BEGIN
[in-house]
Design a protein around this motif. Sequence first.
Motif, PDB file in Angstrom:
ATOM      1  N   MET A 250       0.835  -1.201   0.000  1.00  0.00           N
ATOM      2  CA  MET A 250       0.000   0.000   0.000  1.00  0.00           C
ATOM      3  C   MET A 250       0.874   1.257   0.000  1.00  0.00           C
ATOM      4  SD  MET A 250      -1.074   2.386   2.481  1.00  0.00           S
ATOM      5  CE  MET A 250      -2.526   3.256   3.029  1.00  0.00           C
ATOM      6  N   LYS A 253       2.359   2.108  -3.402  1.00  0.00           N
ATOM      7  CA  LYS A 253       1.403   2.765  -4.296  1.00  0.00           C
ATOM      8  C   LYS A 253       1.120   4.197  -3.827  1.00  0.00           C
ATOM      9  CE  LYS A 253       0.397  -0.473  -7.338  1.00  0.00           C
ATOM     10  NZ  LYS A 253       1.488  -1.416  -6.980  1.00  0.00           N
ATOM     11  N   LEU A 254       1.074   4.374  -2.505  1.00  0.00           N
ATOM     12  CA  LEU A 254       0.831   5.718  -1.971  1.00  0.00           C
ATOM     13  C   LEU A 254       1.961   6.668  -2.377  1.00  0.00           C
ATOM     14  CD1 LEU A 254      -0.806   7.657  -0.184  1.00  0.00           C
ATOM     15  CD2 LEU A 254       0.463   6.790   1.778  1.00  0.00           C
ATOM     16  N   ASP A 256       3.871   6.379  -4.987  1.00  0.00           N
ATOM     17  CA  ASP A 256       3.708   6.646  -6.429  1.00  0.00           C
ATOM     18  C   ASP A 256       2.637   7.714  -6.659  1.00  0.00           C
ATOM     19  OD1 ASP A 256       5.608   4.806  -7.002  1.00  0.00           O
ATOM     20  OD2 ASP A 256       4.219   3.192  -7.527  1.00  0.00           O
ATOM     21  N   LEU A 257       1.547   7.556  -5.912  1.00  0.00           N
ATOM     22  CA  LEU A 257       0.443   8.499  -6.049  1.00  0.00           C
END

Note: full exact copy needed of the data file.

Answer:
[in-house]
Design a protein around this motif. Sequence first.
Motif, PDB file in Angstrom:
ATOM      1  N   MET A 250       0.835  -1.201   0.000  1.00  0.00           N
ATOM      2  CA  MET A 250       0.000   0.000   0.000  1.00  0.00           C
ATOM      3  C   MET A 250       0.874   1.257   0.000  1.00  0.00           C
ATOM      4  SD  MET A 250      -1.074   2.386   2.481  1.00  0.00           S
ATOM      5  CE  MET A 250      -2.526   3.256   3.029  1.00  0.00           C
ATOM      6  N   LYS A 253       2.359   2.108  -3.402  1.00  0.00           N
ATOM      7  CA  LYS A 253       1.403   2.765  -4.296  1.00  0.00           C
ATOM      8  C   LYS A 253       1.120   4.197  -3.827  1.00  0.00           C
ATOM      9  CE  LYS A 253       0.397  -0.473  -7.338  1.00  0.00           C
ATOM     10  NZ  LYS A 253       1.488  -1.416  -6.980  1.00  0.00           N
ATOM     11  N   LEU A 254       1.074   4.374  -2.505  1.00  0.00           N
ATOM     12  CA  LEU A 254       0.831   5.718  -1.971  1.00  0.00           C
ATOM     13  C   LEU A 254       1.961   6.668  -2.377  1.00  0.00           C
ATOM     14  CD1 LEU A 254      -0.806   7.657  -0.184  1.00  0.00           C
ATOM     15  CD2 LEU A 254       0.463   6.790   1.778  1.00  0.00           C
ATOM     16  N   ASP A 256       3.871   6.379  -4.987  1.00  0.00           N
ATOM     17  CA  ASP A 256       3.708   6.646  -6.429  1.00  0.00           C
ATOM     18  C   ASP A 256       2.637   7.714  -6.659  1.00  0.00           C
ATOM     19  OD1 ASP A 256       5.608   4.806  -7.002  1.00  0.00           O
ATOM     20  OD2 ASP A 256       4.219   3.192  -7.527  1.00  0.00           O
ATOM     21  N   LEU A 257       1.547   7.556  -5.912  1.00  0.00           N
ATOM     22  CA  LEU A 257       0.443   8.499  -6.049  1.00  0.00           C